WORCESTER, MA—Nitrofreeze Cryogenic Solutions is providing medical molders with a rapid, consistent, and cost-effective alternative to hand trimming molding flash.
Cryogenic deflashing is an automated, computer-controlled batch process that removes flash from molded parts at the same time. The process can treat 10 parts or thousands of parts. The process will not change part tolerances or surface finish, is faster and more consistent than hand trimming, and is safe for medical plastics and silicones.
During cryogenic deflashing, batches of molded parts are cooled below the polymer’s glass transition temperature so that the flash becomes hard, brittle and easy to remove. The parts are then blasted with a specified cryogenic-grade polycarbonate media that comes in different diameters to meet part-specific challenges. The process is especially efficient at removing flash from cross-holes, blind holes, and other geometries that are hard to reach with hand tools.
“We’ve successfully removed mold flashing from products that include PEEK implants, polypropylene surgical caddies and silicone gaskets,” said Ryan M. Taylor, the company’s assistant general manager.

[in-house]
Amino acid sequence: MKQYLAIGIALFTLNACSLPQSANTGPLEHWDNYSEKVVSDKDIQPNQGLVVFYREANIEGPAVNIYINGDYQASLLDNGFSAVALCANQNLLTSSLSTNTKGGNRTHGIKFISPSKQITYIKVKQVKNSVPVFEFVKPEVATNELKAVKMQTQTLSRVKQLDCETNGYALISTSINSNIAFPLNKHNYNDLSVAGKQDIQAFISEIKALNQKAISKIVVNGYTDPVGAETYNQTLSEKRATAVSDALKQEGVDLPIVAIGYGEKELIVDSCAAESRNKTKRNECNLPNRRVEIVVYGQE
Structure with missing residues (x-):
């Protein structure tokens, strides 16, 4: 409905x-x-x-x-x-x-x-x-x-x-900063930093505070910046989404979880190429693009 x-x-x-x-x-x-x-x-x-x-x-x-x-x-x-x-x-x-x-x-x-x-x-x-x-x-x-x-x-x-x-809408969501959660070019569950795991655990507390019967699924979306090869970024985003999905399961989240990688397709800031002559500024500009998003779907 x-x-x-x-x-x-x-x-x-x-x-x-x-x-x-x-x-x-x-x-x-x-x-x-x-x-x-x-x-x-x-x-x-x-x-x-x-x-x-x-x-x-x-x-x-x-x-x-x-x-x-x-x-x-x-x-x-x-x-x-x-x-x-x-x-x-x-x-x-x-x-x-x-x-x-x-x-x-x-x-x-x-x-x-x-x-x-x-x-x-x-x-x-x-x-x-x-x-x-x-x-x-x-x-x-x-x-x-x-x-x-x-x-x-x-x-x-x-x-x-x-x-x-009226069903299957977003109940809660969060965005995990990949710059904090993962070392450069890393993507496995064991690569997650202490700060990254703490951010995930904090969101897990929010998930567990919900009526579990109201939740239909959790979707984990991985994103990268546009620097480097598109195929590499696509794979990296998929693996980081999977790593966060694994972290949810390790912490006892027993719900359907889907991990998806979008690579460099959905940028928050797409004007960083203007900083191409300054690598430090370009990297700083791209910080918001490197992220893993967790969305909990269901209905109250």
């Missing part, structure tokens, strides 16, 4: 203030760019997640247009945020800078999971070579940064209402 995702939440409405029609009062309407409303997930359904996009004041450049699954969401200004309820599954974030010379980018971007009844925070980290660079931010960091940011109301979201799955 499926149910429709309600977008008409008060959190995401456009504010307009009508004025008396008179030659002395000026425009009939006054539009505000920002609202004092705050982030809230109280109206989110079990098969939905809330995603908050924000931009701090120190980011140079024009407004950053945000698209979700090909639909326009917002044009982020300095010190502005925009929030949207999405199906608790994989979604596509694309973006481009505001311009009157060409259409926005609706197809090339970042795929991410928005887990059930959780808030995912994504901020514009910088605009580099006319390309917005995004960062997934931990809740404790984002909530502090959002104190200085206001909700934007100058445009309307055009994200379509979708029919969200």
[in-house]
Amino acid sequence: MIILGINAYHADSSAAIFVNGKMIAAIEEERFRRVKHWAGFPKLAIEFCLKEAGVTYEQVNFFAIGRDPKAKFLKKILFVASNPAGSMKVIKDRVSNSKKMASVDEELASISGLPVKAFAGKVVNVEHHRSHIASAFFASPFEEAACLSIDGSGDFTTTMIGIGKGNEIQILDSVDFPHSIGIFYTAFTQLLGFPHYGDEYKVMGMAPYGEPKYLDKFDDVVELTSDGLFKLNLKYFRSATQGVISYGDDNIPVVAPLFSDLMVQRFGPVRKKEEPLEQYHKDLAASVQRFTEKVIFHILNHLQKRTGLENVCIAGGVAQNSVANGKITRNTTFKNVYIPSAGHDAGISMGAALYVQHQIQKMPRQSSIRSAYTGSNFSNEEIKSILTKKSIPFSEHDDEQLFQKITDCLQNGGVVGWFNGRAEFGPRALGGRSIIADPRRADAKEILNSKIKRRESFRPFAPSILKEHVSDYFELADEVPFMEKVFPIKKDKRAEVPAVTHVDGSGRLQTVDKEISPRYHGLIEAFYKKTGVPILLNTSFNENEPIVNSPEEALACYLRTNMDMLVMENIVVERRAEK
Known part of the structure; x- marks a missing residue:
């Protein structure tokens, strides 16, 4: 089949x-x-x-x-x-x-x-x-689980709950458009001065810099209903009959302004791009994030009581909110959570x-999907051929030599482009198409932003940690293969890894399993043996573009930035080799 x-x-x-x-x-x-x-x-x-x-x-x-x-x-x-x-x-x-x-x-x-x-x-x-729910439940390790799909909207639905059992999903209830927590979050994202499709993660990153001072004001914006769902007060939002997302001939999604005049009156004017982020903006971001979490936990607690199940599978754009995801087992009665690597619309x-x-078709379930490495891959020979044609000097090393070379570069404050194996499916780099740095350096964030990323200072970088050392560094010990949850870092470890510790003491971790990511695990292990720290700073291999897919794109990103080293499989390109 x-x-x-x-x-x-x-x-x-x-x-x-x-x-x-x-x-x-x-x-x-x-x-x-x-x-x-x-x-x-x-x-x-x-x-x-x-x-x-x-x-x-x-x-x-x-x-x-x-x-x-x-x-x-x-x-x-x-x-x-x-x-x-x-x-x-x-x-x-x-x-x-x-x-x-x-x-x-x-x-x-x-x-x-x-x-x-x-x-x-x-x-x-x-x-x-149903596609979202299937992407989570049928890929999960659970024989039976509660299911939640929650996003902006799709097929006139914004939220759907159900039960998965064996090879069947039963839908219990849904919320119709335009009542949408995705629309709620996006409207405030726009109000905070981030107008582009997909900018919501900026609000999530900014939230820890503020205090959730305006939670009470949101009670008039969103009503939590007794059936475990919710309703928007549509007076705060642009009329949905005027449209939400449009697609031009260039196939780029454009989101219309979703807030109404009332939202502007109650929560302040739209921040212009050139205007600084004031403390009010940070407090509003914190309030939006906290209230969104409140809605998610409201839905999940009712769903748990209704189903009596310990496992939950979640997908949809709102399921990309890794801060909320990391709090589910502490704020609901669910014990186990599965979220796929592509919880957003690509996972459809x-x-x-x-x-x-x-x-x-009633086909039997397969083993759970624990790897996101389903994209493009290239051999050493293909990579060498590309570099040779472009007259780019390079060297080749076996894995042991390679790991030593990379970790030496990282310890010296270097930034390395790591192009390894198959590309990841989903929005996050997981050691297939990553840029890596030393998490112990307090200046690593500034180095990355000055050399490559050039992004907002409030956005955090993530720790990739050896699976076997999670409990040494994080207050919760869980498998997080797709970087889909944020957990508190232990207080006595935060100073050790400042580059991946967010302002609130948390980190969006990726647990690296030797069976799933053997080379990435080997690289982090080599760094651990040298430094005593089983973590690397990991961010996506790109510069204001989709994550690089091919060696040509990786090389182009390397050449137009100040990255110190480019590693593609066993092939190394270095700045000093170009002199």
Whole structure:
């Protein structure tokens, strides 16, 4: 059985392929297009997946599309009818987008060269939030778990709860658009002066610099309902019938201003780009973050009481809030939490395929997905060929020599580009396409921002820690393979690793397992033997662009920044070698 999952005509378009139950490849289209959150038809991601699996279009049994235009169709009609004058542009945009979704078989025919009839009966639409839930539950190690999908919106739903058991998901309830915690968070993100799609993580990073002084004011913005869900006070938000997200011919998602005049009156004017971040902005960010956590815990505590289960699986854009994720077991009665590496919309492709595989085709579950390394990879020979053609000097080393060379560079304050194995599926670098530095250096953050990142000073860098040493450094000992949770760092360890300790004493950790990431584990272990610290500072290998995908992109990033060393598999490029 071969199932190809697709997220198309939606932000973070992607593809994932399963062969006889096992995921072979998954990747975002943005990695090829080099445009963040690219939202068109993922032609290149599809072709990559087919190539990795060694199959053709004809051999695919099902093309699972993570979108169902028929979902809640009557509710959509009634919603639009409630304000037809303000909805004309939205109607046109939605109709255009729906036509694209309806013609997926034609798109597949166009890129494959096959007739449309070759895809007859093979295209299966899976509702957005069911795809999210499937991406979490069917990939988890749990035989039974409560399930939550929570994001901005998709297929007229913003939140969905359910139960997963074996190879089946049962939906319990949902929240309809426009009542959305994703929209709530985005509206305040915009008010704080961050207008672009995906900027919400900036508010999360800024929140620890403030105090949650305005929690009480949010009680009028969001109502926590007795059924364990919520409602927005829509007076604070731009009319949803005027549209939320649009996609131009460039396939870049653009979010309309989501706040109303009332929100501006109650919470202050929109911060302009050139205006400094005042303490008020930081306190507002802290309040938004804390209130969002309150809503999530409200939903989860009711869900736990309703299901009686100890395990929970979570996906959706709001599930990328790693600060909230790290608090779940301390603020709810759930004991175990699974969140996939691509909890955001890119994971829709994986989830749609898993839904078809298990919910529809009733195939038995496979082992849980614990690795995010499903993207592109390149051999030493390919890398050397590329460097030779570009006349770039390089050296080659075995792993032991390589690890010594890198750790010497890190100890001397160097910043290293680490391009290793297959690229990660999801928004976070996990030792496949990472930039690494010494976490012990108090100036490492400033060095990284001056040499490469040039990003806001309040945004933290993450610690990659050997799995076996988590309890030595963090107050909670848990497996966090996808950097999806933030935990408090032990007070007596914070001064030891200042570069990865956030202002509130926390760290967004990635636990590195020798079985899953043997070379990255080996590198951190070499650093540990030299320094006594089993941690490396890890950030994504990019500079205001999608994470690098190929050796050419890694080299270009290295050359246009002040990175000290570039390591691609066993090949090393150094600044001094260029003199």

The process can be used on injection molded, extrusion molded and compression molded parts. Most rubbers, plastics and composites have been successfully processed with cryogenic deflashing. Common materials include silicone rubber, FKM, EPDM, neoprene, LSR, fluorosilicones, ABS plastic, PEEK, Delrin and other acetals, nylon, PPS, HDPEs, PEIs, polypropylene, zinc and polycarbonate.
Parts are loaded into a parts basket. Then, a cryogen, such as liquid nitrogen, is used to cool the workpieces. Once cooled, the parts are tumbled and blasted with media pellets, ranging size from 0.006 to 0.08 inch. In some instances, cryogenic deflashing does not utilize a blasting action, relying instead only on the tumbling of the parts to remove flash on the outer edges.
When a medical molder needed to deflash silicone handles, Nitrofreeze saved the company over six hours of deflashing labor for every 1,000 pieces. The molder had tried buffing and trimming, but these labor-intensive techniques took upwards of 20 seconds per part. With volumes of 3,000 to 4,000 parts per release, the molder chose cryogenic deflashing instead of other alternative technologies. Although flashing stood as tall as 0.036 inch in some areas, Nitrofreeze achieved a tight flash tolerance of only 0.005 inch.For more information, visitwww.nitrofreeze.com.